Going back to the positives, one would be hard-pressed to find more engaging and enthusiastic supporting cast members. Judy Greer as Scott’s ex-wife grounds the film even further than Douglas or Lilly, providing the impetus for Scott to be a better man. Forston is absolutely adorable as Scott’s daughter and you can’t help but love her in each scene she’s in. Michael Peña and his cohorts provide most of the comic relief as Scott’s friends and cat-burglar crew. The two scenes where Peña narrates the onscreen action are priceless.
As a sci-fi action flick, one would be remiss not to mention the special effects. Well, go figure, they’re superb. The same visual effects used to make Chris Evans look puny in Captain America are used to make Michael Douglas look young in flashbacks, and seeing the world magnified from Scott’s shrunken perspective is a visual feast, and the insane attention to detail is spectacular. From the way droplets of water form massive globules of terror to seeing the transparency effects of an ant’s skin, no detail goes untouched. And the visuals serve the story as well, not just being there for the action. Seeing the camera zoom in and out of Scott’s shrunken worldview as he encounters other characters and situations helps not only engross the viewer with what he’s going through, but it also helps provide for a few of the movies more humorous bits of comedy relief.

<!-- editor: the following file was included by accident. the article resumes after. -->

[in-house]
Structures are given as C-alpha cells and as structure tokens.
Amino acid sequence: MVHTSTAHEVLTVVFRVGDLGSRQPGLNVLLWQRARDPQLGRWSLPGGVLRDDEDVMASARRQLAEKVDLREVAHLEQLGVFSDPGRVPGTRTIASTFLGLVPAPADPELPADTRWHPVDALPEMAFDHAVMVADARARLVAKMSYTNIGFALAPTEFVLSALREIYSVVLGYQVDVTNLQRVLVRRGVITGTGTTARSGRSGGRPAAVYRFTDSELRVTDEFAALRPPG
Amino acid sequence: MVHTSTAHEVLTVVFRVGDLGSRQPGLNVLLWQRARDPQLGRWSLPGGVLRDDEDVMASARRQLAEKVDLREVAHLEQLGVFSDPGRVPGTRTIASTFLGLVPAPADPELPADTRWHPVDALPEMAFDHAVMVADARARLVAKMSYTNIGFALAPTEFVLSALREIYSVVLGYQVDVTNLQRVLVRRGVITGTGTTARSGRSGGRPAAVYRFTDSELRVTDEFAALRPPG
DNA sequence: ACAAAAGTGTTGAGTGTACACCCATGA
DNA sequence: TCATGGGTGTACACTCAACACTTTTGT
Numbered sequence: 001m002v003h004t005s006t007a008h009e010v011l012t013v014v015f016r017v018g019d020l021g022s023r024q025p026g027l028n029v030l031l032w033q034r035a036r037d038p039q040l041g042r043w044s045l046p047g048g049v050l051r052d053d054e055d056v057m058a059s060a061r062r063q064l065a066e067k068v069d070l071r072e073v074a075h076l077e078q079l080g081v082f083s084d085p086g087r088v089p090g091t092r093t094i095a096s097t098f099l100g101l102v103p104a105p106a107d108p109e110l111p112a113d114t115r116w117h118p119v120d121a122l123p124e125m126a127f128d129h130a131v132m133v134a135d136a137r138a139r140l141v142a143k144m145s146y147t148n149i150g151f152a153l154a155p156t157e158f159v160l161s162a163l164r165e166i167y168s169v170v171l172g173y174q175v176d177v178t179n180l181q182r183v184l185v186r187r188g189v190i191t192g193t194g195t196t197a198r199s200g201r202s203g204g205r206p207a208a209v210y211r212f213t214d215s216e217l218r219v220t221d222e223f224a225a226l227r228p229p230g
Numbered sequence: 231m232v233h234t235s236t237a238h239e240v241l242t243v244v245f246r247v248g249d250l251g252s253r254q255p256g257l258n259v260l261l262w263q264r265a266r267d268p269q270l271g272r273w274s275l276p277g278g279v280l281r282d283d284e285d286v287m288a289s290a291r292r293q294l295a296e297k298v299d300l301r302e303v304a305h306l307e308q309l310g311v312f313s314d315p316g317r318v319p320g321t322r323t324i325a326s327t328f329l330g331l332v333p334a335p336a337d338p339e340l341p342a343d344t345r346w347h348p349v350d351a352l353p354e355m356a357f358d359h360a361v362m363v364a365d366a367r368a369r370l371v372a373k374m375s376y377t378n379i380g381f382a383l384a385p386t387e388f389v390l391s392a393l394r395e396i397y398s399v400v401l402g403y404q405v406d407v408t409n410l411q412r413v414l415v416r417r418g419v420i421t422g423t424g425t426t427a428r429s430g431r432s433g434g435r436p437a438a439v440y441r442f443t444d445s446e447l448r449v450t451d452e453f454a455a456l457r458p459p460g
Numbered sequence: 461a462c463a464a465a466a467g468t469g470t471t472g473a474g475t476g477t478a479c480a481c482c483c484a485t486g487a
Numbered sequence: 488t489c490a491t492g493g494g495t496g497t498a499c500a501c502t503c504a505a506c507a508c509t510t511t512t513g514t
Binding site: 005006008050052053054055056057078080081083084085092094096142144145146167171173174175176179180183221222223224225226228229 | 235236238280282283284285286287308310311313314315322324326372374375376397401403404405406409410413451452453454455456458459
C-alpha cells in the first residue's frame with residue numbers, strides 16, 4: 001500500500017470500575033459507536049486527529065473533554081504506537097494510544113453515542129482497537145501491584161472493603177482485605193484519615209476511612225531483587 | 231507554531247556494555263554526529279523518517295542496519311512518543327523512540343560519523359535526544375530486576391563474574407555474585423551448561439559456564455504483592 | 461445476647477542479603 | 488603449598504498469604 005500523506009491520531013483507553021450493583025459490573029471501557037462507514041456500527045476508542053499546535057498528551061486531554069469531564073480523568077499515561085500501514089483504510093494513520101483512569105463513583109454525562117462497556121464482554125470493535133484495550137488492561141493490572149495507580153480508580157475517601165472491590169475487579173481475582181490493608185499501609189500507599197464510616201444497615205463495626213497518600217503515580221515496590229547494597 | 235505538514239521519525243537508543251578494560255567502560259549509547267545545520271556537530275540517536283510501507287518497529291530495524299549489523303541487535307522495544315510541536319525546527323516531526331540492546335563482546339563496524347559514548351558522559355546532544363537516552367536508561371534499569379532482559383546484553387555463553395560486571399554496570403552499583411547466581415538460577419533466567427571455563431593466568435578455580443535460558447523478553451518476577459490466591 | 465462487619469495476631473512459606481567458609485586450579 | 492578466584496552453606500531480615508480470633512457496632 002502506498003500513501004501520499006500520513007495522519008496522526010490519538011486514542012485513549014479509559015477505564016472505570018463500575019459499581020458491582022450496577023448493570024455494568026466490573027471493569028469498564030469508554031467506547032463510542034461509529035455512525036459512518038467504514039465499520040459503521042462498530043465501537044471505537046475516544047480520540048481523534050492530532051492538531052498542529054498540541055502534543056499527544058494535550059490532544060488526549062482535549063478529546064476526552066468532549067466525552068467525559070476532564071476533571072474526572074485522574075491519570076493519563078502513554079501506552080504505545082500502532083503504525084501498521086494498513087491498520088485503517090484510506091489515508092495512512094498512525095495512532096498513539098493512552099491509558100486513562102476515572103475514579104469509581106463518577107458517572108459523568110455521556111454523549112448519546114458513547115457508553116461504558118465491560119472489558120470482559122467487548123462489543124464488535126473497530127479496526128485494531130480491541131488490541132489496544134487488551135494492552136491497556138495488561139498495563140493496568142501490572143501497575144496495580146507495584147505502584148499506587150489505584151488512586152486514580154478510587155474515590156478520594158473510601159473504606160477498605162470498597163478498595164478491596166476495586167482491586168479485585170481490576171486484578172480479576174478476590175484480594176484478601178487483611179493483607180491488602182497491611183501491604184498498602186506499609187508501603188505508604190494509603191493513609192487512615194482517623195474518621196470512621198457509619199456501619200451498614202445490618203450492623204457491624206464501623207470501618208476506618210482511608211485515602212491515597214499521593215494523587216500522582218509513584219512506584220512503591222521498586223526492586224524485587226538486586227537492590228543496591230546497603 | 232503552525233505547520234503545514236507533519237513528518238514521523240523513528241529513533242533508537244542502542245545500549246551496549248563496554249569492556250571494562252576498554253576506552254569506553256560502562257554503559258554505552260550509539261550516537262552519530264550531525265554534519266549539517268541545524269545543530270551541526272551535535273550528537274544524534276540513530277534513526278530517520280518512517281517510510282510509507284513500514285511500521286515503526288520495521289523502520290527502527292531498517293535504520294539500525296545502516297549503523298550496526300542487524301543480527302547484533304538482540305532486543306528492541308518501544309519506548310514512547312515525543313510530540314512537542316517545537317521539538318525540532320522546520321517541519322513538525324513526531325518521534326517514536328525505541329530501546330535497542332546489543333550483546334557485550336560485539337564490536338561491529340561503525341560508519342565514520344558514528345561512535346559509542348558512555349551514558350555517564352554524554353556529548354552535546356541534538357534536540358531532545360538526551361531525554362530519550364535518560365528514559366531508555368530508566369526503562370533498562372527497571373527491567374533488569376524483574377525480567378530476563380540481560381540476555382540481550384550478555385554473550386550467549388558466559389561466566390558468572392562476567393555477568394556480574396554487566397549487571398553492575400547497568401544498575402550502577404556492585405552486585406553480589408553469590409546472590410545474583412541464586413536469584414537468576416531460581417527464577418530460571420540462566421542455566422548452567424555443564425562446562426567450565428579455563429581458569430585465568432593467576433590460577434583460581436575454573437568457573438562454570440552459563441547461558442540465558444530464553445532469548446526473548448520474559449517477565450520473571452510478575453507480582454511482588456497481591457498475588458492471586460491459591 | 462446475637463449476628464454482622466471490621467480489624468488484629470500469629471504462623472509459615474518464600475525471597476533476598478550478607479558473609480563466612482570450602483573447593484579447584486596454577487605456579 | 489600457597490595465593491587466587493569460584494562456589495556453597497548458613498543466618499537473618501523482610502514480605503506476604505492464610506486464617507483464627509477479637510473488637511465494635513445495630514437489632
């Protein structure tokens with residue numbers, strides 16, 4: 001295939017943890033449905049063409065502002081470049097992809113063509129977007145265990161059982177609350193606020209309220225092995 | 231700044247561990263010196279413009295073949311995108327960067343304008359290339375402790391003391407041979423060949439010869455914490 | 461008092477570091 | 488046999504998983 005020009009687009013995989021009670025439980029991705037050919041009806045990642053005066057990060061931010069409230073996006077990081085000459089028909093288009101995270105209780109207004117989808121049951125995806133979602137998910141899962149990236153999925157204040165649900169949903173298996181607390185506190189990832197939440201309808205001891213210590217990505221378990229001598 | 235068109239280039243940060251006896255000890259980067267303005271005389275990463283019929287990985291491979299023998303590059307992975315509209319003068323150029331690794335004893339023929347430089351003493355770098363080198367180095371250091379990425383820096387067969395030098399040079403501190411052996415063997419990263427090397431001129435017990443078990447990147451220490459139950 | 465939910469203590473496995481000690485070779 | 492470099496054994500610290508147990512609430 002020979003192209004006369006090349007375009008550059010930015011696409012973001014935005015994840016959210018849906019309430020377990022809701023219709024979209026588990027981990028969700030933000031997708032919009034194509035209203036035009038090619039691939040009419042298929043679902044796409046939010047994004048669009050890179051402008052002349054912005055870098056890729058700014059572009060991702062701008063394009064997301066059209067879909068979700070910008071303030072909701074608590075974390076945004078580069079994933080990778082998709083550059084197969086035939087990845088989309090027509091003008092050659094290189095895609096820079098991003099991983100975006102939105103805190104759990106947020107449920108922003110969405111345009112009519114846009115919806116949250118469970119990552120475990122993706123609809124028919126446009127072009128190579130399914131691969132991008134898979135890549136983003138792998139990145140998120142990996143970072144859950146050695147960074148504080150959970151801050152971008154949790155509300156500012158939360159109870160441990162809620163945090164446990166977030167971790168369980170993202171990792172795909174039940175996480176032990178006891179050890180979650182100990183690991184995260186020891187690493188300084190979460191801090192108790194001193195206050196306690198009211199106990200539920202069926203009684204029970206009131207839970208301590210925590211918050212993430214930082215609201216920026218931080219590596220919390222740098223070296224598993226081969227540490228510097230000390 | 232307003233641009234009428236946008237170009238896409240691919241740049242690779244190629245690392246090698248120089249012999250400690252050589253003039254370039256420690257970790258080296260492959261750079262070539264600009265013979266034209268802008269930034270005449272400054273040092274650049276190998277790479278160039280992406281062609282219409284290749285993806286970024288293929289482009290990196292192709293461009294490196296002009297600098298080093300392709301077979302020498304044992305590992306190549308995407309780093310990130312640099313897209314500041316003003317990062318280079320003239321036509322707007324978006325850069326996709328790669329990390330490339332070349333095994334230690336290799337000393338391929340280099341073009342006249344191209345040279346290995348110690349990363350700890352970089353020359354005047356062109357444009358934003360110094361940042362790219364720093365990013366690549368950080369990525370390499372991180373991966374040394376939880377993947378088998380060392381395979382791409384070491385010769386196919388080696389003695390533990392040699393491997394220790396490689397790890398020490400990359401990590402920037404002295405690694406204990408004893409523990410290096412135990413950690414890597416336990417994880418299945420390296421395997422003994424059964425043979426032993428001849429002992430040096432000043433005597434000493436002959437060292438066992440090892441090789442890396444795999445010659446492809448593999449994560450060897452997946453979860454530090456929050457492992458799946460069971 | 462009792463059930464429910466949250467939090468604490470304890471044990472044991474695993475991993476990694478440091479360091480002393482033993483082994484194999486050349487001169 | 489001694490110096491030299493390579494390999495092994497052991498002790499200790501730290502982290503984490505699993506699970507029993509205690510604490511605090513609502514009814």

Other than those three microscopic criticisms, I thoroughly enjoyed the film. It’s big, glorious sci-fi fun that works great as a stand-alone movie but still sets up for both prequels and sequels should you want more adventures with these characters. And the characters are written and portrayed so well that you’d be crazy not to want more of them. As most certainly one of Marvel’s best movies so far, Ant-Man proves that “good things come in small packages”. It easily earns a solid 8 out of 10.